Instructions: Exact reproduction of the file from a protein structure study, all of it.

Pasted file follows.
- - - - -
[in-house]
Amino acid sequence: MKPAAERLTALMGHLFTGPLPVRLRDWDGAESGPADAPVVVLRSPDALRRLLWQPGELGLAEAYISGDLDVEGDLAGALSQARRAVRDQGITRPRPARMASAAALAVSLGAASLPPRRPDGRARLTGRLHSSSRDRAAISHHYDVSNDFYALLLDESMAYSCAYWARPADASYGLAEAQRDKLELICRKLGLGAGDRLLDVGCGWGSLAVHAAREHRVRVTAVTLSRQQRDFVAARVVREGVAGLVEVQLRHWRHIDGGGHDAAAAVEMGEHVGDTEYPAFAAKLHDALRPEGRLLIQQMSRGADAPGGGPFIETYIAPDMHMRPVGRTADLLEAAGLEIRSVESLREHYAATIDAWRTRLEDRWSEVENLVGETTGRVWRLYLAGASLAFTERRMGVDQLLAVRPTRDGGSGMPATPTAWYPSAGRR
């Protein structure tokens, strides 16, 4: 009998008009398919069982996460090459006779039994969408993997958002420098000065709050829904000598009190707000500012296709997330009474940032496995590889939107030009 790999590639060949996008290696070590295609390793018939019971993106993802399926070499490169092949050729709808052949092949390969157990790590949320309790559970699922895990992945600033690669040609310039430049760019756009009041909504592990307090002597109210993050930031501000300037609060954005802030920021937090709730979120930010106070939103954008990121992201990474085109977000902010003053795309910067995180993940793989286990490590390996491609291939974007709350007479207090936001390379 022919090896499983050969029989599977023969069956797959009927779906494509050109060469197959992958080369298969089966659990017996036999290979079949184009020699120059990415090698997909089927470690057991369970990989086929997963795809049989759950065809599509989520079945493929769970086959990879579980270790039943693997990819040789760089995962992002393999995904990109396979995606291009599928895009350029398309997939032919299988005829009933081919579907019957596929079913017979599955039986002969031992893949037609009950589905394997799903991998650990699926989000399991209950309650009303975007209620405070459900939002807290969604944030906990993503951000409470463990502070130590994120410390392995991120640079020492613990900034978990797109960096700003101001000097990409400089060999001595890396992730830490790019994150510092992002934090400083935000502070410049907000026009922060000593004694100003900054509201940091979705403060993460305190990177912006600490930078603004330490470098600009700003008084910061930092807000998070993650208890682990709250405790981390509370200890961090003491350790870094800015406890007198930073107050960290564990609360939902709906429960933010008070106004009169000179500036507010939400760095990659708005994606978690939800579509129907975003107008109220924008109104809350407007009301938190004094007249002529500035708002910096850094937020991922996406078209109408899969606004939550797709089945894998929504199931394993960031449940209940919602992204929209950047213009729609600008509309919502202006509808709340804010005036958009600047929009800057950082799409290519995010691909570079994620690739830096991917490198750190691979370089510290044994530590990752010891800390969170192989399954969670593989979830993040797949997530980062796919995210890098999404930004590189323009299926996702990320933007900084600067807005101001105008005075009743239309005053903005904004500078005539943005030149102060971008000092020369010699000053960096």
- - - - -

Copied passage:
[in-house]
Amino acid sequence: MKPAAERLTALMGHLFTGPLPVRLRDWDGAESGPADAPVVVLRSPDALRRLLWQPGELGLAEAYISGDLDVEGDLAGALSQARRAVRDQGITRPRPARMASAAALAVSLGAASLPPRRPDGRARLTGRLHSSSRDRAAISHHYDVSNDFYALLLDESMAYSCAYWARPADASYGLAEAQRDKLELICRKLGLGAGDRLLDVGCGWGSLAVHAAREHRVRVTAVTLSRQQRDFVAARVVREGVAGLVEVQLRHWRHIDGGGHDAAAAVEMGEHVGDTEYPAFAAKLHDALRPEGRLLIQQMSRGADAPGGGPFIETYIAPDMHMRPVGRTADLLEAAGLEIRSVESLREHYAATIDAWRTRLEDRWSEVENLVGETTGRVWRLYLAGASLAFTERRMGVDQLLAVRPTRDGGSGMPATPTAWYPSAGRR
């Protein structure tokens, strides 16, 4: 009998008009398919069982996460090459006779039994969408993997958002420098000065709050829904000598009190707000500012296709997330009474940032496995590889939107030009 790999590639060949996008290696070590295609390793018939019971993106993802399926070499490169092949050729709808052949092949390969157990790590949320309790559970699922895990992945600033690669040609310039430049760019756009009041909504592990307090002597109210993050930031501000300037609060954005802030920021937090709730979120930010106070939103954008990121992201990474085109977000902010003053795309910067995180993940793989286990490590390996491609291939974007709350007479207090936001390379 022919090896499983050969029989599977023969069956797959009927779906494509050109060469197959992958080369298969089966659990017996036999290979079949184009020699120059990415090698997909089927470690057991369970990989086929997963795809049989759950065809599509989520079945493929769970086959990879579980270790039943693997990819040789760089995962992002393999995904990109396979995606291009599928895009350029398309997939032919299988005829009933081919579907019957596929079913017979599955039986002969031992893949037609009950589905394997799903991998650990699926989000399991209950309650009303975007209620405070459900939002807290969604944030906990993503951000409470463990502070130590994120410390392995991120640079020492613990900034978990797109960096700003101001000097990409400089060999001595890396992730830490790019994150510092992002934090400083935000502070410049907000026009922060000593004694100003900054509201940091979705403060993460305190990177912006600490930078603004330490470098600009700003008084910061930092807000998070993650208890682990709250405790981390509370200890961090003491350790870094800015406890007198930073107050960290564990609360939902709906429960933010008070106004009169000179500036507010939400760095990659708005994606978690939800579509129907975003107008109220924008109104809350407007009301938190004094007249002529500035708002910096850094937020991922996406078209109408899969606004939550797709089945894998929504199931394993960031449940209940919602992204929209950047213009729609600008509309919502202006509808709340804010005036958009600047929009800057950082799409290519995010691909570079994620690739830096991917490198750190691979370089510290044994530590990752010891800390969170192989399954969670593989979830993040797949997530980062796919995210890098999404930004590189323009299926996702990320933007900084600067807005101001105008005075009743239309005053903005904004500078005539943005030149102060971008000092020369010699000053960096």